Many consider the ability to airbrush a fine line to be the holy grail of detailed airbrush work, and quite frankly, I agree!
But lets face it, It’s not easy to airbrush a fine line. If you’ve given it a try, you have likely found this statement to be true. But don’t fret!
Today you will learn how to airbrush a fine line like a pro, you’ll learn all the intricate little details necessary for airbrushing fine lines. So, the next time you need a sharp thin line from your airbrush, your able to get it.
Short and sweet answer:
To airbrush fine lines, you must have the paint thinned out to a skim-milk consistency and air pressure set at 25psi for gravity feed users, or 35psi for siphon feed users. Distance the needle tip 3mm off the surface and gently pull back on the trigger while simultaneously moving across the surface.
Your probably thinking, that is better said than done… Right?
Truth be told, you’ll need a significant amount of practice in order to develop the skill of fine line and detail work with an airbrush.
But don’t be hard on yourself, if you don’t pick it up right away. Most take years to master and implement the fine line.
I’ll be honest, this is a long resource. But it is packed with vital information that will greatly aid you in airbrushing fine lines and detail. I reduced the content down as much as I could, but there are a lot of vital aspects to airbrush thin lines and fine detail.
When it comes to fine lines and detail using an airbrush. There are 4 major aspects to consider. Those include,
- Equipment Setup
- Paint Preparation
- Air Pressure
Airbrushing Fine Lines
To airbrush a fine line, you are going to be making micro movements of the airbrush trigger, while simultaneously moving back and forth across the painting surface in a smooth methodical manner.
For this reason, it is vital your airbrush is up to par. A slightly bent needle, or a bit of residual paint residue lodged in the inner orphases of the airbrush will make this task far more difficult.
First, you need to ensure your airbrush is prepared correctly, and up to the task.
1: Equipment Setup For Fine Lines
Commonly the first question asked when it comes to airbrushing fine lines is, what size airbrush needle do I need for fine lines?
An airbrush needle size of 0.35mm or smaller will work great for fine lines. Generally, the smaller the needle size, the thinner the line your able to airbrush.
But fine line work can even be achieved using a 0.5mm needle if everything aligns correctly. But smaller sizes work better.
That being said,
You will need a double action airbrush to pull off a rather satisfying thin line. A single action airbrush can pull a thin line to a degree, but the fine line is far best achieved using a double action airbrush. If you’d like, Here is a link to the airbrush I’m currently using for any fine line work and/or detail work I do.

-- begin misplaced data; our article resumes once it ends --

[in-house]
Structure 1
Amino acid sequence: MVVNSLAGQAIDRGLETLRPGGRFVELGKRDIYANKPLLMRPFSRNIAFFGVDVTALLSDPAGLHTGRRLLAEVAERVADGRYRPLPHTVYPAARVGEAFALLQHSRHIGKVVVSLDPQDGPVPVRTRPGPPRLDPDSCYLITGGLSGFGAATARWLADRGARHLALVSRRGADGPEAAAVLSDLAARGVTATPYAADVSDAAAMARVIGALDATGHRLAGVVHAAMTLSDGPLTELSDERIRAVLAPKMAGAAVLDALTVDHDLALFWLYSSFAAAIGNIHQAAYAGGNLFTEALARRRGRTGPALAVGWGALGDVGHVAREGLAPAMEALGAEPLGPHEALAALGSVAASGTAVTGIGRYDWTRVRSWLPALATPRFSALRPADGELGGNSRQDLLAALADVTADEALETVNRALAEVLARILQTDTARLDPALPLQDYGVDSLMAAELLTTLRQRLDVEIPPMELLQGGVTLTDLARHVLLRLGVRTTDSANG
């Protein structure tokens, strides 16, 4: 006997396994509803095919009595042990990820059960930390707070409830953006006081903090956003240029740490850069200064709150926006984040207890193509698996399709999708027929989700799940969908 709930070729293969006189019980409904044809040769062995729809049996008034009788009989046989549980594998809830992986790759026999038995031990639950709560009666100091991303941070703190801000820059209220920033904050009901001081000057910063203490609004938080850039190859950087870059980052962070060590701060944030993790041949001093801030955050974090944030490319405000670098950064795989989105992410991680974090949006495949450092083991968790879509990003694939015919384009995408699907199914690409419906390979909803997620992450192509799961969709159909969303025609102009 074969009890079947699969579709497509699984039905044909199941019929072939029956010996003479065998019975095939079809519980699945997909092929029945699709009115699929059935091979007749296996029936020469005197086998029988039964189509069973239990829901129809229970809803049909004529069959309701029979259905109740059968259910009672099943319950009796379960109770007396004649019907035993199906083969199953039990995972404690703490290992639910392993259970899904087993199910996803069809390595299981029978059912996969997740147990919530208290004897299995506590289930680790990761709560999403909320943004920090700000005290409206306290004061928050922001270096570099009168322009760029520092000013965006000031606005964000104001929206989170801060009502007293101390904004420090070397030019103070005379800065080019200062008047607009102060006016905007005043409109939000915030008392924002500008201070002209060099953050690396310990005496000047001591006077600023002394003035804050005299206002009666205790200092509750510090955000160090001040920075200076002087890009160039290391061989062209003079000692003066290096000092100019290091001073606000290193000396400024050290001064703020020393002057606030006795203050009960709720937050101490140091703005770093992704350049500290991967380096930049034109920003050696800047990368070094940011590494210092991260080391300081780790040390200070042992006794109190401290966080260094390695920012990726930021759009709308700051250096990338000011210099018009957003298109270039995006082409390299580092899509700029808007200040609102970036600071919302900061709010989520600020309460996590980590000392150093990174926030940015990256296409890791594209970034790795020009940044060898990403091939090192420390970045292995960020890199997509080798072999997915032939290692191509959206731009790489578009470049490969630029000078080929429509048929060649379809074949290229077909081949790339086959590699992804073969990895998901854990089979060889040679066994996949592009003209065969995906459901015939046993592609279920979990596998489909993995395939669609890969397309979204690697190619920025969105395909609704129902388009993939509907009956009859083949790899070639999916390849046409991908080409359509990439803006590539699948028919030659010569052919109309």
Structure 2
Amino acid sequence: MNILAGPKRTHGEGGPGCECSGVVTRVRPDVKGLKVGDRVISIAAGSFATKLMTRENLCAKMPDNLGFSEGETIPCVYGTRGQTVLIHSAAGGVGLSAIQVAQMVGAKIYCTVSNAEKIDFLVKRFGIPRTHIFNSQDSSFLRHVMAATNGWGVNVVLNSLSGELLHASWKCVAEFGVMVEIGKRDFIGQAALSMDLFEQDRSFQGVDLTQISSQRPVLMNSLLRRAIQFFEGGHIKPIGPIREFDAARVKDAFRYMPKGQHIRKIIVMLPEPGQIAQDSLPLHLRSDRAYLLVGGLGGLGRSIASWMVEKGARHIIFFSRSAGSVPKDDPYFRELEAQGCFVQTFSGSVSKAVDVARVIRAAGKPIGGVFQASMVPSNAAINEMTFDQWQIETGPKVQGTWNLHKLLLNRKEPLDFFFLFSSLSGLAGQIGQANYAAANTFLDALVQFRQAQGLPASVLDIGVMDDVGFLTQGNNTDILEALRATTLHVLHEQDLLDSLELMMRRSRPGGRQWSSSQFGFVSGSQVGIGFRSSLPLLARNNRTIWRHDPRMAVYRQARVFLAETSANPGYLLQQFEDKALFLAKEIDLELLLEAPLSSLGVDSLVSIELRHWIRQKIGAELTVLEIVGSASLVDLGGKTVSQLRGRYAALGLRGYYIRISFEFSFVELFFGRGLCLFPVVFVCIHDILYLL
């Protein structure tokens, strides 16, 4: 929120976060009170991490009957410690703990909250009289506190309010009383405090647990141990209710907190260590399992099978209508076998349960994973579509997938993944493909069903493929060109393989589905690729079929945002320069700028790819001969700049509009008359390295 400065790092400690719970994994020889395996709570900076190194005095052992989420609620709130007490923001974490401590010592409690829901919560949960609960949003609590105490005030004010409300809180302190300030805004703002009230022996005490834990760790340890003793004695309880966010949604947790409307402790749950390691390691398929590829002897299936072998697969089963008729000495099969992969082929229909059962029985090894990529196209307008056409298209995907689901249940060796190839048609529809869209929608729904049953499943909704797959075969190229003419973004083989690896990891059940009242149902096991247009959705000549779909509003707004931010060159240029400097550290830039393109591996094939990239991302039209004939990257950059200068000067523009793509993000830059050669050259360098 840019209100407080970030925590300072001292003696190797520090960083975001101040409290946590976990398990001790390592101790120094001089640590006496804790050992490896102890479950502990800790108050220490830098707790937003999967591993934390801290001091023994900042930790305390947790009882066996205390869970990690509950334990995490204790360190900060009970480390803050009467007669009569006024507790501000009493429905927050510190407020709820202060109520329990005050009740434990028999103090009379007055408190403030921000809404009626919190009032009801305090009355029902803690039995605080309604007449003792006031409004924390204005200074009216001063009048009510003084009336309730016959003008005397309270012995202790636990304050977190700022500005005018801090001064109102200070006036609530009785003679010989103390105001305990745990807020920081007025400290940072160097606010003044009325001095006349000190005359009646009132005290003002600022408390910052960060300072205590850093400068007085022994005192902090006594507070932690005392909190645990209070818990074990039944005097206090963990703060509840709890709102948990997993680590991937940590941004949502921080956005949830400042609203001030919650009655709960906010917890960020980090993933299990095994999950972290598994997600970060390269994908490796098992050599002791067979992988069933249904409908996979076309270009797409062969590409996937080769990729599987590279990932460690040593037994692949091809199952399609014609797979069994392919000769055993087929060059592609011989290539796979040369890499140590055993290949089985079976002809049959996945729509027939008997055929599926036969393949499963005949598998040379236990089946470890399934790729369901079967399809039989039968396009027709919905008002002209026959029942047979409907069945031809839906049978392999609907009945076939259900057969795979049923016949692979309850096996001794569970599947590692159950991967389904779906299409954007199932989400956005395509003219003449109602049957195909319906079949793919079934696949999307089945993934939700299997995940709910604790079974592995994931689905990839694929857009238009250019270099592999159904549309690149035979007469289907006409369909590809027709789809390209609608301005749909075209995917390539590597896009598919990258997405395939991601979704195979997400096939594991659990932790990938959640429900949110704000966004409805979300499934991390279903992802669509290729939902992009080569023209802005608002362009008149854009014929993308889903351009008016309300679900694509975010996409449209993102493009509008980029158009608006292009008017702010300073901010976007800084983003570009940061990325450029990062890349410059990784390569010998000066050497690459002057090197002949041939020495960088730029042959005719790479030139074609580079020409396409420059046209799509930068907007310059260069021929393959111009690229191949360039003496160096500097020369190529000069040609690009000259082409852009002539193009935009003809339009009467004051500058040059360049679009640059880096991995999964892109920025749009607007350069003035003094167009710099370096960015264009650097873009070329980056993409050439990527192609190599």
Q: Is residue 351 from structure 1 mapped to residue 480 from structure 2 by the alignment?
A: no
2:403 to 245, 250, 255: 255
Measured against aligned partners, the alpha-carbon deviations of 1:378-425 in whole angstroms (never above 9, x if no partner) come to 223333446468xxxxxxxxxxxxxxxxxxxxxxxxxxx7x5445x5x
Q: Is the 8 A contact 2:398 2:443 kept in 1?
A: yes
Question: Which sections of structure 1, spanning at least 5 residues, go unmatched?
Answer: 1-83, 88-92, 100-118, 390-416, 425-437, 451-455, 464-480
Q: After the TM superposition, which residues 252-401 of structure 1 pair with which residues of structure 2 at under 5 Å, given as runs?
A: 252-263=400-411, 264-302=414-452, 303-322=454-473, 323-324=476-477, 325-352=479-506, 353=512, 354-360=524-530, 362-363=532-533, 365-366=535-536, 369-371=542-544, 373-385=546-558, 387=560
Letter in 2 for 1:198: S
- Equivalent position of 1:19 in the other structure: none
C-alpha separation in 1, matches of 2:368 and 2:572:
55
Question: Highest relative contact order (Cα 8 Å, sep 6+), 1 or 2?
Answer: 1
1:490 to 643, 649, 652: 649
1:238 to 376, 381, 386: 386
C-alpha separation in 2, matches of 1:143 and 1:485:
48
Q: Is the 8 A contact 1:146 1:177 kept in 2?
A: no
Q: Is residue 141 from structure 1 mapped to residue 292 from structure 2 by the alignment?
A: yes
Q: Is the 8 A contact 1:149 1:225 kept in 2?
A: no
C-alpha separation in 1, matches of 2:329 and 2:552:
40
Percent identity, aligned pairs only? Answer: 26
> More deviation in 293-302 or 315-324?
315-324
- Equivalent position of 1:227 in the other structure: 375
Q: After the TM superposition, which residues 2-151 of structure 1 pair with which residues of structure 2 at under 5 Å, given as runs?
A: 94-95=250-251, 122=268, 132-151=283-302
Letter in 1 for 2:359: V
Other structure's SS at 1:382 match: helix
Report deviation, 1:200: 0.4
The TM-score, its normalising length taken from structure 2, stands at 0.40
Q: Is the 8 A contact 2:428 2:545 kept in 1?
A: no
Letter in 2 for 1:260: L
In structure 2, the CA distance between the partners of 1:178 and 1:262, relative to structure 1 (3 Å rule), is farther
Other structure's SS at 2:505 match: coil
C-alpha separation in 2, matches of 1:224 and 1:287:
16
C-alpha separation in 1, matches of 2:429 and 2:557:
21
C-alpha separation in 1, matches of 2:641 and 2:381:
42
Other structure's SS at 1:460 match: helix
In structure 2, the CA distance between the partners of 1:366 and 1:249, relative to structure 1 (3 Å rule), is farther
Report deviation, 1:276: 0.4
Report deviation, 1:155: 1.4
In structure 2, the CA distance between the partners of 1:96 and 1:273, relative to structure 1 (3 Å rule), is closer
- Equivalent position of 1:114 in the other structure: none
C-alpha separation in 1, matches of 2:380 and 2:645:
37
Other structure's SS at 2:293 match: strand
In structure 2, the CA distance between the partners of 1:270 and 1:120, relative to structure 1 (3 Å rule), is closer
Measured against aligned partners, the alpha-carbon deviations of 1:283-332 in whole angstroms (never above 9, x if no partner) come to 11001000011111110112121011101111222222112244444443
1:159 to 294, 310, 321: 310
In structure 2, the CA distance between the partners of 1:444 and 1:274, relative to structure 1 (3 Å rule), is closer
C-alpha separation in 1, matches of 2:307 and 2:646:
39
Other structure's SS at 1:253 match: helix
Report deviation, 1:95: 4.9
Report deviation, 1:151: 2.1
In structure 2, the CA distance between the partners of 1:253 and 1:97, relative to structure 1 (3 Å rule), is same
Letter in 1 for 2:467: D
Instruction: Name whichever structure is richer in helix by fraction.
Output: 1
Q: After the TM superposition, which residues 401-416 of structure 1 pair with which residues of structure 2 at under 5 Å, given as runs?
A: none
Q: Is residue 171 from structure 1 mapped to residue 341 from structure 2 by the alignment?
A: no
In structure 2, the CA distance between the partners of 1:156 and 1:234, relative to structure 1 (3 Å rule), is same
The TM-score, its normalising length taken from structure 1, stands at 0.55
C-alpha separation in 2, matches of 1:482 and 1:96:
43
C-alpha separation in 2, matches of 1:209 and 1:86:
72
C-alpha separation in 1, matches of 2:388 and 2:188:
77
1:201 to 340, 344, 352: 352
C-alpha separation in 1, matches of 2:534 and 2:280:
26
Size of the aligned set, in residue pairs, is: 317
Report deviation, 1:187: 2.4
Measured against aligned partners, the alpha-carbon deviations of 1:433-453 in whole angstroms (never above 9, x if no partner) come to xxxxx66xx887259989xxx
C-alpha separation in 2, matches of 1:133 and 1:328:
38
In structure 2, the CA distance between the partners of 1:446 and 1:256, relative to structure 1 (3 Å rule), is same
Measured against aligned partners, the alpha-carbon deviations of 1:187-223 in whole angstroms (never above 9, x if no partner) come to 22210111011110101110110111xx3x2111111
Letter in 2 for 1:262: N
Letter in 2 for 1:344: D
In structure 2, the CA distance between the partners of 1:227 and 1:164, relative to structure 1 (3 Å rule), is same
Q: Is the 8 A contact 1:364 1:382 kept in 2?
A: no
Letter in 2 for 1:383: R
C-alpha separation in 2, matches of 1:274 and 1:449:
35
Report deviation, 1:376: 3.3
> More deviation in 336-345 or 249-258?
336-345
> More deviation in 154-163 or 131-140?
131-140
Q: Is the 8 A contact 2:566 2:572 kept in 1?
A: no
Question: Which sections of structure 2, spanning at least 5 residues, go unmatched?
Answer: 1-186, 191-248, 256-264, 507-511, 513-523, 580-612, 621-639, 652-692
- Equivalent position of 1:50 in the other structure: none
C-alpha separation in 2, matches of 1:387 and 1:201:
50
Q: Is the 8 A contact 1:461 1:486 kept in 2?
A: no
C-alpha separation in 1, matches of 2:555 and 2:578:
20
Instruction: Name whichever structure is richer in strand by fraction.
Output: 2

Preparing Your Airbrush For Fine Lines
To prevent skipping, spitting, or sputtering of the airbrush mid stroke, as well as give you the best overall experience airbrushing detail. Please review the following to ensure your airbrush & equipment is ready for fine lines and detail work.
Start With A Clean Airbrush
There is nothing more frustrating than trying to pull a fine line with a dirty airbrush. Residual dry paint from a prior work event will make the airbrush stick and sputter during use. You could have everything right, your paint consistency on point, air pressure dialed just right… But if you’ve got a dirty airbrush, trying to pull a thin line is going to be enough to drive one crazy. Clean your airbrush thoroughly before fine detail work if necessary.
Verify Airbrush Assembly & Functionality
Proper airbrush assembly and functionality is crucial to spraying thin lines. Air leaks, Loose components and incorrectly oriented parts are all big no no’s for fine detail work. On that same tangent, the condition of your airbrush will play a large part on whether or not your able to effortlessly pull a fine line. A bent needle, cracked or disformed nozzle, burs or other imperfections will impact how your airbrush sprays paint. Before airbrushing detail ensure all airbrush parts are true and functioning as expected.
Lubricate The Airbrush If Needed
Any sort of sticking, binding or snagging of airbrush components will cause headache when painting fine detail, and thin lines. Such conditions will make paint delivery difficult to control and unpredictable. Every now and then, I’ll put a drop of this lube in my airbrush trigger socket, spring, and a light coat on the entire needle. This makes for smoother action, and better control.
Verify Compressor & Regulator Is Functioning As Expected